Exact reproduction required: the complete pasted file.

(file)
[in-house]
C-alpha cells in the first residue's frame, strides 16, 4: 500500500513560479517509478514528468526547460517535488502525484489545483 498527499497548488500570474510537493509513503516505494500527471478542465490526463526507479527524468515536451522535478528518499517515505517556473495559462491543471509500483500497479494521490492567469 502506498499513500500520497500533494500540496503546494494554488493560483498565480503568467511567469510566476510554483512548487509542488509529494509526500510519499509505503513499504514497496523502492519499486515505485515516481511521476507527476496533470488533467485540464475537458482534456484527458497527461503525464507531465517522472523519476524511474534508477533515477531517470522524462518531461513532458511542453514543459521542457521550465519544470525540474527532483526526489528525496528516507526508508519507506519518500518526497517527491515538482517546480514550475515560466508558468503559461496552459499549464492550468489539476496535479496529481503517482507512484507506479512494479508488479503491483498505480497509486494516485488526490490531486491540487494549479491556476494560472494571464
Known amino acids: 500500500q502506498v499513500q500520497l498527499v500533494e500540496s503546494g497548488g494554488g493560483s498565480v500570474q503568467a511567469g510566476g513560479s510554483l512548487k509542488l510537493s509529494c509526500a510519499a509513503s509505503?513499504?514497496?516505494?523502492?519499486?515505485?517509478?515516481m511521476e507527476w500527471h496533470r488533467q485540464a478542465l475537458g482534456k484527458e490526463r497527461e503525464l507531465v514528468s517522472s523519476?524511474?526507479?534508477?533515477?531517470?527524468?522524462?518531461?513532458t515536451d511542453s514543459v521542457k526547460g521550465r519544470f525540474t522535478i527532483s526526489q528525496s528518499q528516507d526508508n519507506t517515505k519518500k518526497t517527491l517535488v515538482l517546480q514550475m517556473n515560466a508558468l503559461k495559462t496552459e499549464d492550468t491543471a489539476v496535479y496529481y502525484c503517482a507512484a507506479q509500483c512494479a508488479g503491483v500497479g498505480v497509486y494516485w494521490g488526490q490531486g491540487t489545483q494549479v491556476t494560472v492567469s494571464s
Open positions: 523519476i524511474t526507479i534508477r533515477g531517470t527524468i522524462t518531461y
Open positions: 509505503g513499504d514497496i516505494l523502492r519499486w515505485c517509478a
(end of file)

[in-house]
C-alpha cells in the first residue's frame, strides 16, 4: 500500500513560479517509478514528468526547460517535488502525484489545483 498527499497548488500570474510537493509513503516505494500527471478542465490526463526507479527524468515536451522535478528518499517515505517556473495559462491543471509500483500497479494521490492567469 502506498499513500500520497500533494500540496503546494494554488493560483498565480503568467511567469510566476510554483512548487509542488509529494509526500510519499509505503513499504514497496523502492519499486515505485515516481511521476507527476496533470488533467485540464475537458482534456484527458497527461503525464507531465517522472523519476524511474534508477533515477531517470522524462518531461513532458511542453514543459521542457521550465519544470525540474527532483526526489528525496528516507526508508519507506519518500518526497517527491515538482517546480514550475515560466508558468503559461496552459499549464492550468489539476496535479496529481503517482507512484507506479512494479508488479503491483498505480497509486494516485488526490490531486491540487494549479491556476494560472494571464
Known amino acids: 500500500q502506498v499513500q500520497l498527499v500533494e500540496s503546494g497548488g494554488g493560483s498565480v500570474q503568467a511567469g510566476g513560479s510554483l512548487k509542488l510537493s509529494c509526500a510519499a509513503s509505503?513499504?514497496?516505494?523502492?519499486?515505485?517509478?515516481m511521476e507527476w500527471h496533470r488533467q485540464a478542465l475537458g482534456k484527458e490526463r497527461e503525464l507531465v514528468s517522472s523519476?524511474?526507479?534508477?533515477?531517470?527524468?522524462?518531461?513532458t515536451d511542453s514543459v521542457k526547460g521550465r519544470f525540474t522535478i527532483s526526489q528525496s528518499q528516507d526508508n519507506t517515505k519518500k518526497t517527491l517535488v515538482l517546480q514550475m517556473n515560466a508558468l503559461k495559462t496552459e499549464d492550468t491543471a489539476v496535479y496529481y502525484c503517482a507512484a507506479q509500483c512494479a508488479g503491483v500497479g498505480v497509486y494516485w494521490g488526490q490531486g491540487t489545483q494549479v491556476t494560472v492567469s494571464s
Open positions: 523519476i524511474t526507479i534508477r533515477g531517470t527524468i522524462t518531461y
Open positions: 509505503g513499504d514497496i516505494l523502492r519499486w515505485c517509478a